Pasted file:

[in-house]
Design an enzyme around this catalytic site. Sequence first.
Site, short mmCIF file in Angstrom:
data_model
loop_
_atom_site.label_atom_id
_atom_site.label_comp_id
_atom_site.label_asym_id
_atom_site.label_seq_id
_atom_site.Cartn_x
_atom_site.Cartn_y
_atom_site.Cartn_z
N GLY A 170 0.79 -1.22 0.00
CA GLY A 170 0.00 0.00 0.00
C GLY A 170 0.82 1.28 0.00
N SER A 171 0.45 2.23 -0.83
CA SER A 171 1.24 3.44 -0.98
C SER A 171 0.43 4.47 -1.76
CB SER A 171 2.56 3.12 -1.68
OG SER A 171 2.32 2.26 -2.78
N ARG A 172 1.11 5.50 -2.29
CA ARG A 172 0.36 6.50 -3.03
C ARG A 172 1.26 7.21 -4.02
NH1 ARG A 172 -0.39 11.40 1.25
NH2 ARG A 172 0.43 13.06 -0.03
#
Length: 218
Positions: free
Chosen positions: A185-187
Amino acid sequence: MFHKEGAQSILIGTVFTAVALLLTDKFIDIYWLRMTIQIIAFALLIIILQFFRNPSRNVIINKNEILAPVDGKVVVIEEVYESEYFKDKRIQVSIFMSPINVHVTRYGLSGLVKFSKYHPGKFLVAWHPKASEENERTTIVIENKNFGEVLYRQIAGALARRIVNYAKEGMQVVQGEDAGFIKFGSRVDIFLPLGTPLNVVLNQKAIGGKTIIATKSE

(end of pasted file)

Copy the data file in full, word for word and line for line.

[in-house]
Design an enzyme around this catalytic site. Sequence first.
Site, short mmCIF file in Angstrom:
data_model
loop_
_atom_site.label_atom_id
_atom_site.label_comp_id
_atom_site.label_asym_id
_atom_site.label_seq_id
_atom_site.Cartn_x
_atom_site.Cartn_y
_atom_site.Cartn_z
N GLY A 170 0.79 -1.22 0.00
CA GLY A 170 0.00 0.00 0.00
C GLY A 170 0.82 1.28 0.00
N SER A 171 0.45 2.23 -0.83
CA SER A 171 1.24 3.44 -0.98
C SER A 171 0.43 4.47 -1.76
CB SER A 171 2.56 3.12 -1.68
OG SER A 171 2.32 2.26 -2.78
N ARG A 172 1.11 5.50 -2.29
CA ARG A 172 0.36 6.50 -3.03
C ARG A 172 1.26 7.21 -4.02
NH1 ARG A 172 -0.39 11.40 1.25
NH2 ARG A 172 0.43 13.06 -0.03
#
Length: 218
Positions: free
Chosen positions: A185-187
Amino acid sequence: MFHKEGAQSILIGTVFTAVALLLTDKFIDIYWLRMTIQIIAFALLIIILQFFRNPSRNVIINKNEILAPVDGKVVVIEEVYESEYFKDKRIQVSIFMSPINVHVTRYGLSGLVKFSKYHPGKFLVAWHPKASEENERTTIVIENKNFGEVLYRQIAGALARRIVNYAKEGMQVVQGEDAGFIKFGSRVDIFLPLGTPLNVVLNQKAIGGKTIIATKSE